ber of trades, four farms, and the Inn of which we write. 
For the latter a new era now opened. It was no longer 
known simply as "the House of Entertainment," but was 
called by the name it bears to the present day ; where- 
upon in June of 1764, there appeared upon its sign-board, 
by way of emblem, a sun in meridian splendor.* But 
before this, on the first of August, 1762, Jasper Pay net 

* " 17tli May, 1764. The Sun Inn Dr. to Cash, paid for 
making a sign post - ■ £-1 2. 

22. June, 17(54. Do. Do. to Do., paid for painting 
the sign -------- - —10.—" 

Ledger of the Sun Inn., 

t Mr. Papie Avas born at Twickenham, ("whose Eel-Pie House was 
for two centuries and as late as 1830 a favorite resort for refreshment 
and recreation to water parties,") in the county of Middlesex, England. 
He was a wine cooper by trade. Immigrating with his wife to Penn- 
sylvania in 1743, he settled at Bethlehem and was appointed steward 
and accountant to the Economy. At the time of the Indian incursions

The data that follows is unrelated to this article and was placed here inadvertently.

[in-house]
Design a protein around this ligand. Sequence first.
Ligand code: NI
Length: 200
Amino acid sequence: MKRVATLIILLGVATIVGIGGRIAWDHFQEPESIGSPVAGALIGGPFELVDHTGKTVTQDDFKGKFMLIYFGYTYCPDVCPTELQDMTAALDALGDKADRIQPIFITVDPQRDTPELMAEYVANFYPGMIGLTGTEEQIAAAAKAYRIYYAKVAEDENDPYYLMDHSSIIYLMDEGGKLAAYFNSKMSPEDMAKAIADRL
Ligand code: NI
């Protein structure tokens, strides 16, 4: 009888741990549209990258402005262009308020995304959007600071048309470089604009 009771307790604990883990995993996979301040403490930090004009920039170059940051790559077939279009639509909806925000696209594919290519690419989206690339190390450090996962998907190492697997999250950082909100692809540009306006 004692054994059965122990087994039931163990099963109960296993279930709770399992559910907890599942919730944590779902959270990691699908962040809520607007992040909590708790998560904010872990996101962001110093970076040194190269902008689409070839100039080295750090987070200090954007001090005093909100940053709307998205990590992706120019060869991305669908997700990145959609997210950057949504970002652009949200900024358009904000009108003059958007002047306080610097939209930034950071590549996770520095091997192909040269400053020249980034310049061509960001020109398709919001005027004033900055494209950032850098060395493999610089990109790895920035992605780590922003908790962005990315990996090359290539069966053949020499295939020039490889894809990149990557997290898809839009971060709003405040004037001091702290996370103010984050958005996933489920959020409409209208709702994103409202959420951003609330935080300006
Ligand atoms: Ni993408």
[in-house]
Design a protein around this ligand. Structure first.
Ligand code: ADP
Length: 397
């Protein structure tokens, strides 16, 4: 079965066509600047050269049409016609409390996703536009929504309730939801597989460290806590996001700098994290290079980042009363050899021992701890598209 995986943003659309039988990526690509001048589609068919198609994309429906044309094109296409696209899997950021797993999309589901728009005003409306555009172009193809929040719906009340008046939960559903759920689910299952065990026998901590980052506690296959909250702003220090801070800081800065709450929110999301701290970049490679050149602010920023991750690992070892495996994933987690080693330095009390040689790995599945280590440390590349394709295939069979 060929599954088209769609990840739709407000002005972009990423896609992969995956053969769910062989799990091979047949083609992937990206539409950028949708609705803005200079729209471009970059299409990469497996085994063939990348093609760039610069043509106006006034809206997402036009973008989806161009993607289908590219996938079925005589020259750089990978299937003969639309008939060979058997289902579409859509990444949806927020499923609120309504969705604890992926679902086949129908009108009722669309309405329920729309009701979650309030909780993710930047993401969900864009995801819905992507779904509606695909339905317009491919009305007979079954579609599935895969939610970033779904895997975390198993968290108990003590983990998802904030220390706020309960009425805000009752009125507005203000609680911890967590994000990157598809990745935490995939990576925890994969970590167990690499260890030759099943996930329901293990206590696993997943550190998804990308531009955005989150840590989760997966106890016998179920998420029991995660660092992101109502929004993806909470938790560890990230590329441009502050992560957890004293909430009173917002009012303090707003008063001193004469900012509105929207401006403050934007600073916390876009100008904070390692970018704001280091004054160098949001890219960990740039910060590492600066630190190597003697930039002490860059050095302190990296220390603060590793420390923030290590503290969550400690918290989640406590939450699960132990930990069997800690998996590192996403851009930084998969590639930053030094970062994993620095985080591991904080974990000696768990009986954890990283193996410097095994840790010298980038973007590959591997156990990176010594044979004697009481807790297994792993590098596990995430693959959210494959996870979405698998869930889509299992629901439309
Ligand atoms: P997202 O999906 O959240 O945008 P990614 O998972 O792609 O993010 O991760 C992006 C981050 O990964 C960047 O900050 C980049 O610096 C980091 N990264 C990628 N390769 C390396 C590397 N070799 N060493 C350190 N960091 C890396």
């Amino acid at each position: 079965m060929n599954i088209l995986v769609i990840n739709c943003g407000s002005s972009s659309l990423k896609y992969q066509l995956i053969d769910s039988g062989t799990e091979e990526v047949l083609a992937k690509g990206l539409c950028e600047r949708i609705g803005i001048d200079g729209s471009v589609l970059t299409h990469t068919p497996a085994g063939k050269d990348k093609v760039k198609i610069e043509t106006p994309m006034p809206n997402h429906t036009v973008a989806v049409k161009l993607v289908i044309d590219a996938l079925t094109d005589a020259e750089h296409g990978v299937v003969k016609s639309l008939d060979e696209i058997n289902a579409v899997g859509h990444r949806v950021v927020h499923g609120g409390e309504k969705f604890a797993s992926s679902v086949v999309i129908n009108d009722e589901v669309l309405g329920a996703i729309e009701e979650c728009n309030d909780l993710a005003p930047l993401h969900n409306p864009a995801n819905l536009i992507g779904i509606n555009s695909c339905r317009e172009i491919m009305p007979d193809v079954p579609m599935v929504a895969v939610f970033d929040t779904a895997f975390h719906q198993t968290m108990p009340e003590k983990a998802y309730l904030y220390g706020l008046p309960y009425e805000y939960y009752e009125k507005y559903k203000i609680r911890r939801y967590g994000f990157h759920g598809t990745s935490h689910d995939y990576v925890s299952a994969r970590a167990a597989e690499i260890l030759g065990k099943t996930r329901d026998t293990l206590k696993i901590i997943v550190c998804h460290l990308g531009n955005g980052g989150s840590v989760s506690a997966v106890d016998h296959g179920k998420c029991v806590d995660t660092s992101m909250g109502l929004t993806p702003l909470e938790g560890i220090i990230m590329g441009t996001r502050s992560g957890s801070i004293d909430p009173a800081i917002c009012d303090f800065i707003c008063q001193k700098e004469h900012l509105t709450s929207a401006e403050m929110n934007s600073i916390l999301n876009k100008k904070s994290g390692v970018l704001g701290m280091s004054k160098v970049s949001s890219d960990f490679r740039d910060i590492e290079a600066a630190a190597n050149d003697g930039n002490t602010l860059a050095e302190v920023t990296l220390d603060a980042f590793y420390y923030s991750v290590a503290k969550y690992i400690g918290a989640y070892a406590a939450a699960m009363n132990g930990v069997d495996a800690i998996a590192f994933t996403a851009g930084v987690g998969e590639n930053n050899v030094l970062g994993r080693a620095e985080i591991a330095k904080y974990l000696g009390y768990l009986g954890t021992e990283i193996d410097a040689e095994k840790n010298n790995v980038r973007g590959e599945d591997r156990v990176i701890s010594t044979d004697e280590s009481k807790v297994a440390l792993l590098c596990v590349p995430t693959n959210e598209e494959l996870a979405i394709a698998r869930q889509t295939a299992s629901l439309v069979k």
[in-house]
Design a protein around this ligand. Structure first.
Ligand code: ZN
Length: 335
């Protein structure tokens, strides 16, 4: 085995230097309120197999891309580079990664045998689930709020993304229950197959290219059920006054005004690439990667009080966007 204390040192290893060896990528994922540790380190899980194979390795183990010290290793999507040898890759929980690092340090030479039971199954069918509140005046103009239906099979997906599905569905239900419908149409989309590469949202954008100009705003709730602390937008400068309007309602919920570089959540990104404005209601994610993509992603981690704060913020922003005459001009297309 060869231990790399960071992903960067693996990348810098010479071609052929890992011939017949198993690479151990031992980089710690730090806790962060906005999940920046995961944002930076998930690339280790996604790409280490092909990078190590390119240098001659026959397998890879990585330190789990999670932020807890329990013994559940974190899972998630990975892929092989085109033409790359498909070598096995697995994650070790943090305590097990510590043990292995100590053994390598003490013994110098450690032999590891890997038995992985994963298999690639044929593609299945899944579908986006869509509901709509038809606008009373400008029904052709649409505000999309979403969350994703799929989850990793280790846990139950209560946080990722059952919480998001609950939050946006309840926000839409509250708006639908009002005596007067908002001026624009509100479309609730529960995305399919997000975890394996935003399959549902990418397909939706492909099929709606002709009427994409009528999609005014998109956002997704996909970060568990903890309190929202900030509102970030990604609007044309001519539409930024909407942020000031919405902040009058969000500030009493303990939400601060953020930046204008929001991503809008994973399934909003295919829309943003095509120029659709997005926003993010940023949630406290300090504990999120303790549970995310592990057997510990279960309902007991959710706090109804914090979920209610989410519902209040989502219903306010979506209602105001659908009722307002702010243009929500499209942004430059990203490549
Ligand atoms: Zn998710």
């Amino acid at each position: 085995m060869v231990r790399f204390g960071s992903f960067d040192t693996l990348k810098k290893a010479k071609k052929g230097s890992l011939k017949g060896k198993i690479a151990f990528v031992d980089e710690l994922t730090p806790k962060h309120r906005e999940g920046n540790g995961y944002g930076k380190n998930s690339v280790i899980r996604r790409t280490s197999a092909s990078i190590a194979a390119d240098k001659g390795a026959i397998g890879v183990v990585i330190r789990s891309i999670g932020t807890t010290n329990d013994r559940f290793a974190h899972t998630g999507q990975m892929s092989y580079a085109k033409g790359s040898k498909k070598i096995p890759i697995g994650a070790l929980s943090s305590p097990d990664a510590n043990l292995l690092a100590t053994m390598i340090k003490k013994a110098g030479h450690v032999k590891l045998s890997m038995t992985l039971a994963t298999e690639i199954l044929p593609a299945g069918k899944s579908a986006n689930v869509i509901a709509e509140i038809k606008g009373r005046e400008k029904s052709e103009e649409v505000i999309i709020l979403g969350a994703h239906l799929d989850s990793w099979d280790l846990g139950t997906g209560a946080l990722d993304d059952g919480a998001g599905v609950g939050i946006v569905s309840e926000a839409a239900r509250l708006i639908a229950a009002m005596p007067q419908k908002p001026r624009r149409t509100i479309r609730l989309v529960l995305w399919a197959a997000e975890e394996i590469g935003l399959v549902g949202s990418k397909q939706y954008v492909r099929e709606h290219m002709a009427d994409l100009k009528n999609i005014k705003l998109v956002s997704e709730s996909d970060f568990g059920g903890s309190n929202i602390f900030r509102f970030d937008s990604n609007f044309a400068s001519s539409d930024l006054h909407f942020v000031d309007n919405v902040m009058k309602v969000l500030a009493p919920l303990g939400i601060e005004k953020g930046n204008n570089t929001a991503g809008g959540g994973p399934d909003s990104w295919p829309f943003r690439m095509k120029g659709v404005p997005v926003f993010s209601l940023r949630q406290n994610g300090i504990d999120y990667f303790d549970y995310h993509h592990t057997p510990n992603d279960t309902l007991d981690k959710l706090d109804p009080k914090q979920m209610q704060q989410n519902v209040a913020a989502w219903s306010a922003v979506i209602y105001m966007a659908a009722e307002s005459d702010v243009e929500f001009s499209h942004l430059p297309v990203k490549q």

in upper Northampton, (in November of 1755,) he was residing at the 
mission house in Smithfield township, (it stood on the west side of 
Brodhead's creek and opposite Dansbury, the residence of Daniel Brod" 
head,) whence he escaped, a few days before it was burned by the 
savages. When appointed to the jsosition at the Inn, he Avas a wid- 
ower, but in .Julv of 17G3 he married a Miss Way of New London. 


assumed the superintendenc^e of its aft'airs, at a salary of 
£30 per annum and his h'ving. He was assisted in the 
management during the four years of liis incMiuibency 
successively by Peter Worhas, Daniel KuncLler, John 
Kubel, Peter Goetje, and Just Jansen. 

An inventory of stock taken on the 4th of May of the 
last mentioned year, showed tliat £437. 2s. 9d. liad thus 
far been expended in equipping the house, — said inven- 
tory embracing furniture to the amount of £157. Is. 3d., 
kitchen utensils, and the contents of the larder and 
the cellar. Three Englisli and three German double 
bed-steads, six single bed-steads, six double blankets, 
twenty-two single striped blankets and woolen rugs, 
valued together at £52. 4s. 6d., in part furnished the 
travelers' chambers. Besides two gross of tobacco pipes, 
there were stowed in tlie cellar, at the above date, 20 
gallons of Madeira, 10 gallons of Teneritle, 2 quarter 
casks of white Lisbon, 109 gallons of Philadelphia rum, 
64 gallons of West India rum, 8 gallons of shrub, 40 gal- 
lons of cider-royal, 4 hogsheads of cider, and one barrel